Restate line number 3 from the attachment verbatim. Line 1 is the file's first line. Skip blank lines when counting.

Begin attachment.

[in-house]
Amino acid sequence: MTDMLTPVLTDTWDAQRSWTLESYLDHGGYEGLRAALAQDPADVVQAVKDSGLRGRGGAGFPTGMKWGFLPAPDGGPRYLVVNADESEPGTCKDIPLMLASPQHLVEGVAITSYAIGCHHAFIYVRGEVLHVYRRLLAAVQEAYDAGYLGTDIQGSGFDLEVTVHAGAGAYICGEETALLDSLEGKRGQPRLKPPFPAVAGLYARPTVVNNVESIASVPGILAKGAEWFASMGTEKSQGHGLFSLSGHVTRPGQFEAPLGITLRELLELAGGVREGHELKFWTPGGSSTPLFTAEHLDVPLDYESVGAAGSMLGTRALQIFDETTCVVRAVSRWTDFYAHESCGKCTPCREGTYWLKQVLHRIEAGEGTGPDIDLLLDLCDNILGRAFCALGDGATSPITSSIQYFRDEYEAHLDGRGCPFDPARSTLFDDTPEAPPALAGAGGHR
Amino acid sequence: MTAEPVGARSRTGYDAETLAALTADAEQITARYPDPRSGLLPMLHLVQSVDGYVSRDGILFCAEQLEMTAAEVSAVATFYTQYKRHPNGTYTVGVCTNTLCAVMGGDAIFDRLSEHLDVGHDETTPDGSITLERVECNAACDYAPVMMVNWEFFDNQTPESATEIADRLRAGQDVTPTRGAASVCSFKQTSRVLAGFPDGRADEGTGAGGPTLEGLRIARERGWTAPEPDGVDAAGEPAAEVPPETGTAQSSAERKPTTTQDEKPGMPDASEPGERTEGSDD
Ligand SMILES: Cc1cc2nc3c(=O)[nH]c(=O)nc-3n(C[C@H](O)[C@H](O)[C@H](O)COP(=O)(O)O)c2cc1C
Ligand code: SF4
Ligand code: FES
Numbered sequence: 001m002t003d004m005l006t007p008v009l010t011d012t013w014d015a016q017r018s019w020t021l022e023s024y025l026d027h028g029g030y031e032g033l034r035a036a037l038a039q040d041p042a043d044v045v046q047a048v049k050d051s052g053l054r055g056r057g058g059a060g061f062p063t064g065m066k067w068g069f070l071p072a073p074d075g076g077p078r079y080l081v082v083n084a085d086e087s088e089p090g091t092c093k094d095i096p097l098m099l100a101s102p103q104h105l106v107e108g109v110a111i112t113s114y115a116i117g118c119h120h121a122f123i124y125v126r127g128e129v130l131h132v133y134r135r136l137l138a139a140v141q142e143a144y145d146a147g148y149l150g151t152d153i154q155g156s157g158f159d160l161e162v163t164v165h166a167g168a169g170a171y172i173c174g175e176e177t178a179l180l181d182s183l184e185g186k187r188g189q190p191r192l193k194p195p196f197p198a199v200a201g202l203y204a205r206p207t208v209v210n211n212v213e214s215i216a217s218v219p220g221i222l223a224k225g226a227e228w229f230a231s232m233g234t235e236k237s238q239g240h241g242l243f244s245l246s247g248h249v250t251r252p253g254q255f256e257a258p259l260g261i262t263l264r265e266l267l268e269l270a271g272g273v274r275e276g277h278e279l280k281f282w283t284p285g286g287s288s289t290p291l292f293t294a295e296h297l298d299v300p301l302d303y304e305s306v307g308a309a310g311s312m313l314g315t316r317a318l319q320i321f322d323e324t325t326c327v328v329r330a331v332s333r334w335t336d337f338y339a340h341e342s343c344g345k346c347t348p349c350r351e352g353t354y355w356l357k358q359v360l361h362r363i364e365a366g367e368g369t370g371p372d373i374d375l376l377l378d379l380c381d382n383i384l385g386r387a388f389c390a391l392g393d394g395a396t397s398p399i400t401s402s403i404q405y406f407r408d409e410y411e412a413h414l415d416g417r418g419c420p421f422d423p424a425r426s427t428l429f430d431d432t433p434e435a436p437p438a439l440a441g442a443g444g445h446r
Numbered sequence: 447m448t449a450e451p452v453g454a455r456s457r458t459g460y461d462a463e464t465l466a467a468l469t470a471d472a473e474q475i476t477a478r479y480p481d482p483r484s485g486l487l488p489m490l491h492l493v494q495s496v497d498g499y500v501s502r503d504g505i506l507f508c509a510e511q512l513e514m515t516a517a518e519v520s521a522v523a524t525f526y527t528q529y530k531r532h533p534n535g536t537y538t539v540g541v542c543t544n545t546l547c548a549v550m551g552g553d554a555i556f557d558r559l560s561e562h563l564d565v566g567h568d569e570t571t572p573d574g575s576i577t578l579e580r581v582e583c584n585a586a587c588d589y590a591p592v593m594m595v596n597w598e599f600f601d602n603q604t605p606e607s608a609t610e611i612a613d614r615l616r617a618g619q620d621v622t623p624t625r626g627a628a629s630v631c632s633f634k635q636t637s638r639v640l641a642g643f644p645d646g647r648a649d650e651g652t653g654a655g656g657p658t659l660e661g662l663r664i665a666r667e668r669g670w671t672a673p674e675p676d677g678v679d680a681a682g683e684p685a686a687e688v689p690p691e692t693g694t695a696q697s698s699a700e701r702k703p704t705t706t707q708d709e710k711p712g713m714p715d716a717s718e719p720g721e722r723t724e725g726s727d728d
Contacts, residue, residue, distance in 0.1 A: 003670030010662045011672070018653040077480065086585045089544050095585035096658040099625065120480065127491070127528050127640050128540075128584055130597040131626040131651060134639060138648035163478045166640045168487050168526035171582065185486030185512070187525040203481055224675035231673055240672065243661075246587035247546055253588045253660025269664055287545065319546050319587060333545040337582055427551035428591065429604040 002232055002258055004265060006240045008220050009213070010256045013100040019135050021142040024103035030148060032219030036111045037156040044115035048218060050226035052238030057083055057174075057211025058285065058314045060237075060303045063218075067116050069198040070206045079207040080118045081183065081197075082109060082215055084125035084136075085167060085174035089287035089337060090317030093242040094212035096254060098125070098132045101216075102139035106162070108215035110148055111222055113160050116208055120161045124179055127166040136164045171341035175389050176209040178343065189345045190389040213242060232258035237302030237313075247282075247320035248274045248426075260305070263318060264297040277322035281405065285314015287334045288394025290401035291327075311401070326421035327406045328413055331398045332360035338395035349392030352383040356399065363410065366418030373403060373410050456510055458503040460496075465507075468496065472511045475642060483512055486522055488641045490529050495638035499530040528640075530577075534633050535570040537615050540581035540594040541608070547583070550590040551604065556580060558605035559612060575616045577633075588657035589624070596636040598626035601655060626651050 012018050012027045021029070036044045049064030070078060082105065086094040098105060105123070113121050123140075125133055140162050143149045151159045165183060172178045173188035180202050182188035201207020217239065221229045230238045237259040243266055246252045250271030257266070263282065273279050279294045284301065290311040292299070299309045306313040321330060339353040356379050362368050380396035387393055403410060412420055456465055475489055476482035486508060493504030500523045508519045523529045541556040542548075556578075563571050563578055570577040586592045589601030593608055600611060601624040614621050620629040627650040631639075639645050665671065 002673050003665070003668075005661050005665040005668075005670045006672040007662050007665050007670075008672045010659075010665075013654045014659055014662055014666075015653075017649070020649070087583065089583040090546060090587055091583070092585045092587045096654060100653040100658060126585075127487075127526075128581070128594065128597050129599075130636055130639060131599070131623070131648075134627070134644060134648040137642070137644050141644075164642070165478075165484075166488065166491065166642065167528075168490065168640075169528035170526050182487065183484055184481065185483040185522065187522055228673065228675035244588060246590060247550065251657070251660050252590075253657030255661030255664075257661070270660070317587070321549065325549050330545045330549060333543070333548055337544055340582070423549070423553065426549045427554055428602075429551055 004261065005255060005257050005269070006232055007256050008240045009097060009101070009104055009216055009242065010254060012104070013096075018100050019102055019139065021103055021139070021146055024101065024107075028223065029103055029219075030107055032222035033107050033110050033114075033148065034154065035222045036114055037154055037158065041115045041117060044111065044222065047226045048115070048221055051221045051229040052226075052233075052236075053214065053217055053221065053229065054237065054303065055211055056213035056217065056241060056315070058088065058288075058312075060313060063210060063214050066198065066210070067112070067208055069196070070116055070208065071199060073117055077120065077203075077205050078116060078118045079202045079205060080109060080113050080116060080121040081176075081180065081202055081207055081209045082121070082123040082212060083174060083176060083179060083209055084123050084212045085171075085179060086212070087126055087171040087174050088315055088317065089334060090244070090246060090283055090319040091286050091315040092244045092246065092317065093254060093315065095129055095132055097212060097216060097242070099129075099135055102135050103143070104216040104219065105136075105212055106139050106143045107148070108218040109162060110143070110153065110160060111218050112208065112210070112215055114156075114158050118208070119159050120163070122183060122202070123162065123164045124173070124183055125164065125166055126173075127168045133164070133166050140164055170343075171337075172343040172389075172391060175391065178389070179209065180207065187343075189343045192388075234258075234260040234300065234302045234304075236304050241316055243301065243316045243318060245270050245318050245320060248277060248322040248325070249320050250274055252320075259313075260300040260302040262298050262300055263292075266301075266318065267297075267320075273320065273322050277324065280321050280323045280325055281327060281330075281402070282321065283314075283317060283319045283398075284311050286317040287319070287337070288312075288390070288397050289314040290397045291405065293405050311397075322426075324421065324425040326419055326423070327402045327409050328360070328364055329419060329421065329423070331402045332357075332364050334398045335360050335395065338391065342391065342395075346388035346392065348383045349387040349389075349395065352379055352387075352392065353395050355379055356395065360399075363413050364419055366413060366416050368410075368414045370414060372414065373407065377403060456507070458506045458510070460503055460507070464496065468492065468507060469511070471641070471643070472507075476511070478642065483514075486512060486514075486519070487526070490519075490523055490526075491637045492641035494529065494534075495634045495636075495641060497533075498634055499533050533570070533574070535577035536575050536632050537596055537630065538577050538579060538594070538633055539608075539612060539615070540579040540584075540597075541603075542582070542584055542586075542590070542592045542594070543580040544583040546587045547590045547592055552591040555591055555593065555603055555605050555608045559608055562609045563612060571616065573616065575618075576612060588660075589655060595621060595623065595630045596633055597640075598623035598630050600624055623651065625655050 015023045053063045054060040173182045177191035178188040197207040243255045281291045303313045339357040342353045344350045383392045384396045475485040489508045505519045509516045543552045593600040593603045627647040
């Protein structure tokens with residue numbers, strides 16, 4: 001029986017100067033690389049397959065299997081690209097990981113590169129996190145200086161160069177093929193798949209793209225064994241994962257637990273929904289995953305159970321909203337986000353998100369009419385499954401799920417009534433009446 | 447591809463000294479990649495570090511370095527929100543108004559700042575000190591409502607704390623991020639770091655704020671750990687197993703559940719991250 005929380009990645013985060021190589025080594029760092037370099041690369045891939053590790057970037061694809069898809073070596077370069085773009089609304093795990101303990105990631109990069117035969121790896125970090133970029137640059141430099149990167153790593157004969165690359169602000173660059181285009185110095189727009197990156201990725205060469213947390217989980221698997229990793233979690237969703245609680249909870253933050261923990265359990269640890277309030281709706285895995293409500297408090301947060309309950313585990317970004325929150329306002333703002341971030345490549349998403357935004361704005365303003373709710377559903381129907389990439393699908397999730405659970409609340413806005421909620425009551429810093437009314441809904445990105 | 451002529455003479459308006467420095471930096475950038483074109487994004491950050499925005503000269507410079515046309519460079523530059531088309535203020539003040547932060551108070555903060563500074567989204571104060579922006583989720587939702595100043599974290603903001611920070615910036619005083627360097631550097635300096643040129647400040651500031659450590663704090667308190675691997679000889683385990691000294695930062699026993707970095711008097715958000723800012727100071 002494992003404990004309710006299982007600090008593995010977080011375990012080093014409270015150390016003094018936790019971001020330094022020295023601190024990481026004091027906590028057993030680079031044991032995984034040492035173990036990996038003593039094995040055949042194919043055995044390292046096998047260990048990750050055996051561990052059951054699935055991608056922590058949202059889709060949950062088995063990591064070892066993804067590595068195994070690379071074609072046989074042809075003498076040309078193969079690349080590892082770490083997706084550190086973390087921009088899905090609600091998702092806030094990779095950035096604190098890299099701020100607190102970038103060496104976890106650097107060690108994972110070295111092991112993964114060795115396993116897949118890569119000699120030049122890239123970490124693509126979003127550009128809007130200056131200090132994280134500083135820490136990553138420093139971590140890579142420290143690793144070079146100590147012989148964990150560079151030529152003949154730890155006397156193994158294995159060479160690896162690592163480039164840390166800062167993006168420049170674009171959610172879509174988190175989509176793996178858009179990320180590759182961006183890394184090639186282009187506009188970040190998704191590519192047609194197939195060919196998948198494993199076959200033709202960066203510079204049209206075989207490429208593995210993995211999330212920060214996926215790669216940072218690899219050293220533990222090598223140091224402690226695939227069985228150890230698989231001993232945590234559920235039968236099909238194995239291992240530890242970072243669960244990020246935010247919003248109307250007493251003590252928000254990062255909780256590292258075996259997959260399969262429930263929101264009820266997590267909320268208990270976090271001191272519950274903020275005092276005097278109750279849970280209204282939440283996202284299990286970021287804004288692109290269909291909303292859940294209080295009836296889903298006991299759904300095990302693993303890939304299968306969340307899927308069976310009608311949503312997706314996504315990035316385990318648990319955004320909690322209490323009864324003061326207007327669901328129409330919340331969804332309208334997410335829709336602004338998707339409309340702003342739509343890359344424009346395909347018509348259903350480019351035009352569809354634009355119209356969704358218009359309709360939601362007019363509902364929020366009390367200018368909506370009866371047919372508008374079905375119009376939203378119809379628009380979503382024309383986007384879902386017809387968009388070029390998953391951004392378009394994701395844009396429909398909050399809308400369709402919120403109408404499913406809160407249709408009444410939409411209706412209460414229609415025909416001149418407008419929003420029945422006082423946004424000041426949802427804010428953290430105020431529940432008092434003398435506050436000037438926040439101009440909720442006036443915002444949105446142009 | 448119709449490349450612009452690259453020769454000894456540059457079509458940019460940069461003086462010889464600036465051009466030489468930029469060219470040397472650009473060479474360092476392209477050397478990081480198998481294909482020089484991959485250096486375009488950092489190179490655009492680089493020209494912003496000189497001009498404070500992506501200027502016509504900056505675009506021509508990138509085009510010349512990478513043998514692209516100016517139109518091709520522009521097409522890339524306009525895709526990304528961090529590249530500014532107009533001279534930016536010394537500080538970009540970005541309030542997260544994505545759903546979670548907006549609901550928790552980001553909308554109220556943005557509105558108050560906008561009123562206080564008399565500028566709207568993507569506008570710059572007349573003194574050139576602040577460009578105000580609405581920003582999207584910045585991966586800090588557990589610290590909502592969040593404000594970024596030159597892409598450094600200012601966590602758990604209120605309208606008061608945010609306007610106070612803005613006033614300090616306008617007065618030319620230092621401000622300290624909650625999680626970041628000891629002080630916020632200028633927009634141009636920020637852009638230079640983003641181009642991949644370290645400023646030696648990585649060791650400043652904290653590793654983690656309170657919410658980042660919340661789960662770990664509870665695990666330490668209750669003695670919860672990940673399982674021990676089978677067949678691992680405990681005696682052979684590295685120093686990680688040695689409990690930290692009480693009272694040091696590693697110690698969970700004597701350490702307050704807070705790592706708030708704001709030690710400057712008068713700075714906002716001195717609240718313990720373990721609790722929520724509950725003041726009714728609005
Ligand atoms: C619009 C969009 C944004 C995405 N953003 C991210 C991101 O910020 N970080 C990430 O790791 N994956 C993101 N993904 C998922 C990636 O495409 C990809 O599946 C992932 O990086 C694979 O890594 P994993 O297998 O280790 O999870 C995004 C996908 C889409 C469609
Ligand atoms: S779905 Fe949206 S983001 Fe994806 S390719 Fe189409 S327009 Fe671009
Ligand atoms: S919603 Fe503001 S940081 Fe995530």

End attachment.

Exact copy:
Amino acid sequence: MTAEPVGARSRTGYDAETLAALTADAEQITARYPDPRSGLLPMLHLVQSVDGYVSRDGILFCAEQLEMTAAEVSAVATFYTQYKRHPNGTYTVGVCTNTLCAVMGGDAIFDRLSEHLDVGHDETTPDGSITLERVECNAACDYAPVMMVNWEFFDNQTPESATEIADRLRAGQDVTPTRGAASVCSFKQTSRVLAGFPDGRADEGTGAGGPTLEGLRIARERGWTAPEPDGVDAAGEPAAEVPPETGTAQSSAERKPTTTQDEKPGMPDASEPGERTEGSDD